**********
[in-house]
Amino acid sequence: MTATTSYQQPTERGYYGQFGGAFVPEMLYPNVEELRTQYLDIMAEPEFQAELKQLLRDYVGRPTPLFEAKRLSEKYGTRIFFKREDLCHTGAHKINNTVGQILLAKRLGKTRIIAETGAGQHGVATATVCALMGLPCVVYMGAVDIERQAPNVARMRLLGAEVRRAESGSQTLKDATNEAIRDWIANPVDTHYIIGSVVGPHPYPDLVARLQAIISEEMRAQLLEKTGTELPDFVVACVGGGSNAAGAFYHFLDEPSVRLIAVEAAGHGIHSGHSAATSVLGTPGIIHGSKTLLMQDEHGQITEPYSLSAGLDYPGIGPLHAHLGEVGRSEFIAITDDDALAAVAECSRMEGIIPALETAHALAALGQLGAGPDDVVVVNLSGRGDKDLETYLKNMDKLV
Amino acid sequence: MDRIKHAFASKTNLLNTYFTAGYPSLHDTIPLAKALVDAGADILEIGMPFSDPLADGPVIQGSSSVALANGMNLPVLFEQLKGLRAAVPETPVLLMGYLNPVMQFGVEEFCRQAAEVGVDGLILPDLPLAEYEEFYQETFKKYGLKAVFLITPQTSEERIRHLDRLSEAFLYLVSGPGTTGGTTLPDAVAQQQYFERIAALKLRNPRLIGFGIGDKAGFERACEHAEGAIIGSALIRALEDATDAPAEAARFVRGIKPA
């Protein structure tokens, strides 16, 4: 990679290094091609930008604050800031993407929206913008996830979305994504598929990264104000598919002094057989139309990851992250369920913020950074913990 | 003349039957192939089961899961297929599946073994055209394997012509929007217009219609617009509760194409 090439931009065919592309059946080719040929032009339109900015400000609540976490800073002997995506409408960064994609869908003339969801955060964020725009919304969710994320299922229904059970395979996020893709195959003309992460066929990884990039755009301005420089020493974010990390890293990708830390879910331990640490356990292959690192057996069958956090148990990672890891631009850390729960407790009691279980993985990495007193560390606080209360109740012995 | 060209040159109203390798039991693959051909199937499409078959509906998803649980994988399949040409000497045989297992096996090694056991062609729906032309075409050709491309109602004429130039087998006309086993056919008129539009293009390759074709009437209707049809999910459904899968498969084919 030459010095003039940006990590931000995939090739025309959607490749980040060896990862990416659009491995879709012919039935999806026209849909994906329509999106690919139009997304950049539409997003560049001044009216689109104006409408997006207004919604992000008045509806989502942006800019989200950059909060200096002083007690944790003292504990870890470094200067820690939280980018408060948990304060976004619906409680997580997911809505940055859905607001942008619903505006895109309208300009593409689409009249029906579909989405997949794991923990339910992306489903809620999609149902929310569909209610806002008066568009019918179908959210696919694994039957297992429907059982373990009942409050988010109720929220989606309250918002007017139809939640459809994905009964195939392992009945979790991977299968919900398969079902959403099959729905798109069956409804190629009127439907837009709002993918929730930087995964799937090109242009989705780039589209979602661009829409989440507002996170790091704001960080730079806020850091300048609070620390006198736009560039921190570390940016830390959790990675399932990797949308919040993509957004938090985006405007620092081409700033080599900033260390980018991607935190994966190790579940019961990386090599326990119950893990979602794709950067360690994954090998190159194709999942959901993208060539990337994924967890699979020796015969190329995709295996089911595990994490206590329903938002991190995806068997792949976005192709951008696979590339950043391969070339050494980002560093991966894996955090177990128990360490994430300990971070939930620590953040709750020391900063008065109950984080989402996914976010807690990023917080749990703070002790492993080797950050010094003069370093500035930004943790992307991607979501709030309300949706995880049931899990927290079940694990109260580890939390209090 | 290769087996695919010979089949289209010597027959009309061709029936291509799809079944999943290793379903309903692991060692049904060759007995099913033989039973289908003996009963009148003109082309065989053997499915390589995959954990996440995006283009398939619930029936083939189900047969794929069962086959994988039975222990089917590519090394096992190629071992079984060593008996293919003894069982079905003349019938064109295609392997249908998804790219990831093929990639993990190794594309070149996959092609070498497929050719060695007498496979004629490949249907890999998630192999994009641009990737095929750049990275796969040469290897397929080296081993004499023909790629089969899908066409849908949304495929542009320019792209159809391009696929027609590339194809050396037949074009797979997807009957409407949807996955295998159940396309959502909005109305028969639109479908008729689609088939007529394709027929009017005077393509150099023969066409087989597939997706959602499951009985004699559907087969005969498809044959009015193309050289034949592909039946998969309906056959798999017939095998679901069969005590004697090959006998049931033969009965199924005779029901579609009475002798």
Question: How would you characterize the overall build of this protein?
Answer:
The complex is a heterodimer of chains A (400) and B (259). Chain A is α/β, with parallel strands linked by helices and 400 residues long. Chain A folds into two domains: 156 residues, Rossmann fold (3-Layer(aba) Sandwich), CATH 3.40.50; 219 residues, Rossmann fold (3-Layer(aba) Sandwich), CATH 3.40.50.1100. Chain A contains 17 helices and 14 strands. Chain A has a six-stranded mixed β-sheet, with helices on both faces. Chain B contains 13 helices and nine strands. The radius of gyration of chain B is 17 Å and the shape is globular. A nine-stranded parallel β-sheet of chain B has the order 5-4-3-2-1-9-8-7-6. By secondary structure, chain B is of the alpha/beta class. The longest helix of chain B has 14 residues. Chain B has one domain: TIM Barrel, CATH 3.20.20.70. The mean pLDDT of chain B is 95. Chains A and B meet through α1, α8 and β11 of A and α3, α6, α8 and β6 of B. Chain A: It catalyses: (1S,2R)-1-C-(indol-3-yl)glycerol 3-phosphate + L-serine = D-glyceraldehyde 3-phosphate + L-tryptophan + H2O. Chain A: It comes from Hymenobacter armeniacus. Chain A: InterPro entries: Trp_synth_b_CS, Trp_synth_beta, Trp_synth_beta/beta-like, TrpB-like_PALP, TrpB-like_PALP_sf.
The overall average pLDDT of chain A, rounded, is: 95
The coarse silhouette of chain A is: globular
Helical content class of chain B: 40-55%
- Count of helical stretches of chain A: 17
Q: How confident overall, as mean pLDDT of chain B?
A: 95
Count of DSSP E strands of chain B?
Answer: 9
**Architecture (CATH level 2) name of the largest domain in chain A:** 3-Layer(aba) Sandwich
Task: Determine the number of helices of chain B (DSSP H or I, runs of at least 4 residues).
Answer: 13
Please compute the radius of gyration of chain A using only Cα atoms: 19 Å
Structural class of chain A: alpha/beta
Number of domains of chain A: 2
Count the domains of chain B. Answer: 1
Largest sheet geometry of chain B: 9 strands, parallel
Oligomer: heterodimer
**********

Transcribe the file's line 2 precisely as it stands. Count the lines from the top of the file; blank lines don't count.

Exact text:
Amino acid sequence: MTATTSYQQPTERGYYGQFGGAFVPEMLYPNVEELRTQYLDIMAEPEFQAELKQLLRDYVGRPTPLFEAKRLSEKYGTRIFFKREDLCHTGAHKINNTVGQILLAKRLGKTRIIAETGAGQHGVATATVCALMGLPCVVYMGAVDIERQAPNVARMRLLGAEVRRAESGSQTLKDATNEAIRDWIANPVDTHYIIGSVVGPHPYPDLVARLQAIISEEMRAQLLEKTGTELPDFVVACVGGGSNAAGAFYHFLDEPSVRLIAVEAAGHGIHSGHSAATSVLGTPGIIHGSKTLLMQDEHGQITEPYSLSAGLDYPGIGPLHAHLGEVGRSEFIAITDDDALAAVAECSRMEGIIPALETAHALAALGQLGAGPDDVVVVNLSGRGDKDLETYLKNMDKLV